5. Consider your peripherals. If you are a small business or have a home office and are hanging in with an older computer, you likely will need to upgrade peripherals, such as your printer and monitor. An older printer may not be able to handle a newer, faster computer. As with everything else, printer manufacturers reach a point where it doesn’t pay them to develop drivers (the software that connects the computer and your network to the printer) to support obsolete printers. And, if your old printers slow down computer and network performance, you won’t get full value. While older CRT monitors may still work, they’ll be so slow and fuzzy that you’ll strain your patience and your eyes. Flat-screen monitors will give you a bigger viewing area with higher resolution, and they’ll use much less power, too.  If you do wind up with a Windows 8 computer and want to use it like a tablet with a touchscreen, you’ll need a touchscreen monitor.
  6. Upgrade your software. When you go from a 32-bit to a 64-bit computer, you’ll need to upgrade your software. Older applications won’t run efficiently on the new computer, and you’ll lose time or capability or both. Again, software publishers reach a financial tipping point when supporting old software, so just roll this into your budget to get the best ROI on technology.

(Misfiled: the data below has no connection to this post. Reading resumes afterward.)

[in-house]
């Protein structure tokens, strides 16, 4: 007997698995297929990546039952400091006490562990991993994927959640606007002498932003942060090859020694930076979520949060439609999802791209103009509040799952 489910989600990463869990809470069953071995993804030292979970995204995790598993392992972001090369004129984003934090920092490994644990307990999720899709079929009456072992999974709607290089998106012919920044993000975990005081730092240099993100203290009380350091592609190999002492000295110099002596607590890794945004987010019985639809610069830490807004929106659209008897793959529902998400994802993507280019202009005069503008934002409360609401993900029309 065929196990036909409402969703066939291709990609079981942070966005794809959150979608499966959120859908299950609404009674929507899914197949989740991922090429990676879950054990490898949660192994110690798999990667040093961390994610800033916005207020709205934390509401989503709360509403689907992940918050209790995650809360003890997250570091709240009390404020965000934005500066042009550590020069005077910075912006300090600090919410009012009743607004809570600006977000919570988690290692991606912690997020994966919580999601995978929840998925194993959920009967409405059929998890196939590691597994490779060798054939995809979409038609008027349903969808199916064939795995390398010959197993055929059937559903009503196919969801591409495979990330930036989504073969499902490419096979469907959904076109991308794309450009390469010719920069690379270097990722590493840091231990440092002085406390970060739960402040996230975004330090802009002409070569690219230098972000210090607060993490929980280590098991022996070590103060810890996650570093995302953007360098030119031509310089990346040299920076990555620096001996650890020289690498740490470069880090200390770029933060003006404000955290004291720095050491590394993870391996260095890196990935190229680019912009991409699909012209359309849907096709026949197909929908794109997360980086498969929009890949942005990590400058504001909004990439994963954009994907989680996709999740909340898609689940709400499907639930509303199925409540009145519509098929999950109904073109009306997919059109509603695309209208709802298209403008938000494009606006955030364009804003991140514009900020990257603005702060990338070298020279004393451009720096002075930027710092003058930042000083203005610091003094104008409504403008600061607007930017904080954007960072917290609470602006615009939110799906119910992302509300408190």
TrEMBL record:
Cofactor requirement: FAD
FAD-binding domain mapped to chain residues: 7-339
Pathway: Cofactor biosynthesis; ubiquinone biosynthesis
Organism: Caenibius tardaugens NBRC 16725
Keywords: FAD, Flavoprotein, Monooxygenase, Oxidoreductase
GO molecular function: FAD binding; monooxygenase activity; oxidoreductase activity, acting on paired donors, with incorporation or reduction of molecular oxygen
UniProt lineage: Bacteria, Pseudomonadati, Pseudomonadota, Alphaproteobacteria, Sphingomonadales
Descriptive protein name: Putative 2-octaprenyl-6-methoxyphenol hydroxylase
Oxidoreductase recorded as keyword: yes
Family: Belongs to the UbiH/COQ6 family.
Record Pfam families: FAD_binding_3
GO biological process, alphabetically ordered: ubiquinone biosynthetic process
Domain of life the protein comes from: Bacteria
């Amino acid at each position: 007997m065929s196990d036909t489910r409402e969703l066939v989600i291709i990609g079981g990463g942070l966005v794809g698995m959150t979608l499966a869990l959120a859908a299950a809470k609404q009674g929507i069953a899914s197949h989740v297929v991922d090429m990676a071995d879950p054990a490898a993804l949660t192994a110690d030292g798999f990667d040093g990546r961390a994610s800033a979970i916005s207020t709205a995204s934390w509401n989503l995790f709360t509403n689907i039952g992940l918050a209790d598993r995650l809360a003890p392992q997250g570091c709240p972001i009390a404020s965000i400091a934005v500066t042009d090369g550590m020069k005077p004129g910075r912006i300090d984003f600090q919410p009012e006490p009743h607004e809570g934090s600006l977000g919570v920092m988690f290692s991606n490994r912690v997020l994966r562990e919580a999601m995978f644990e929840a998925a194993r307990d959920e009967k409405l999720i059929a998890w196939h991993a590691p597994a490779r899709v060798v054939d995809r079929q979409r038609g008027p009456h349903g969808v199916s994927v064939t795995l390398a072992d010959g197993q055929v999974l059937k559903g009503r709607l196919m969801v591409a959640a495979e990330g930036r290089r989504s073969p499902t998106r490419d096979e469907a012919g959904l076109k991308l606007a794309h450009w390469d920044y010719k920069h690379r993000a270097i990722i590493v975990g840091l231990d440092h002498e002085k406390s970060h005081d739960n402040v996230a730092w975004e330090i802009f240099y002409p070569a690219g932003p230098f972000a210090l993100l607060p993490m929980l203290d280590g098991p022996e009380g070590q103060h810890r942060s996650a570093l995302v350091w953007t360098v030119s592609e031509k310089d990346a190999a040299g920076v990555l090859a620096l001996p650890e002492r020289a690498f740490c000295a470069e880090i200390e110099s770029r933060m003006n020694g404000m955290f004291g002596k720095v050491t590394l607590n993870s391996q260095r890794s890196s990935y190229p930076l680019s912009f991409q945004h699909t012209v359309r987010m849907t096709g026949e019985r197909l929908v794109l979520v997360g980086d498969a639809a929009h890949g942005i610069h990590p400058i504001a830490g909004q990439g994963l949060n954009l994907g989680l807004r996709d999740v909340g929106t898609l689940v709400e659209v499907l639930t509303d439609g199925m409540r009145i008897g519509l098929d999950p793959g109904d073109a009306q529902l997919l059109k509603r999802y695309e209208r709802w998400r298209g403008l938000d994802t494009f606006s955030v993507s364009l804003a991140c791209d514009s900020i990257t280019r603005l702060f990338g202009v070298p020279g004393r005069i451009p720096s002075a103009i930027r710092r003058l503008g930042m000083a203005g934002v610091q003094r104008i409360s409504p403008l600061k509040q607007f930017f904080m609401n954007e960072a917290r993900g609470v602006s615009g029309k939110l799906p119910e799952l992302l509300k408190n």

7. Maintain enough network capacity. Businesses and homes depend on wireless networks with sufficient capacity to meet business, entertainment and education needs. For all the money you spend computers, devices and big TVs (including cable and satellite fees), it makes sense to have a network to handle everything. We’re seeing a lot of homeowners with under-powered networks, either because the routers are not robust enough or because they don’t have a good system of boosters to relay signals. Boosters can improve network performance substantially, but you need to locate them in the right places. In some newer, bigger buildings with a lot more concrete and rebar steel, you need to be especially careful about your installation.

Let’s talk about the technology you have and what you want technology to do. Then we can help you source and set up the right systems to give you a faster ROI and longer, less expensive service life. Drop us an email or call us – 973-433-6676

This article was published in Technology Update, the monthly newsletter from Sterling Rose LLC.


Searching for Business

Like everyone else, we’re always looking for ways to use the Internet to grow our business. Search engine optimization (SEO) has been around for a long time, but gaining a top ranking requires you to hit a moving target. Here’s what we did.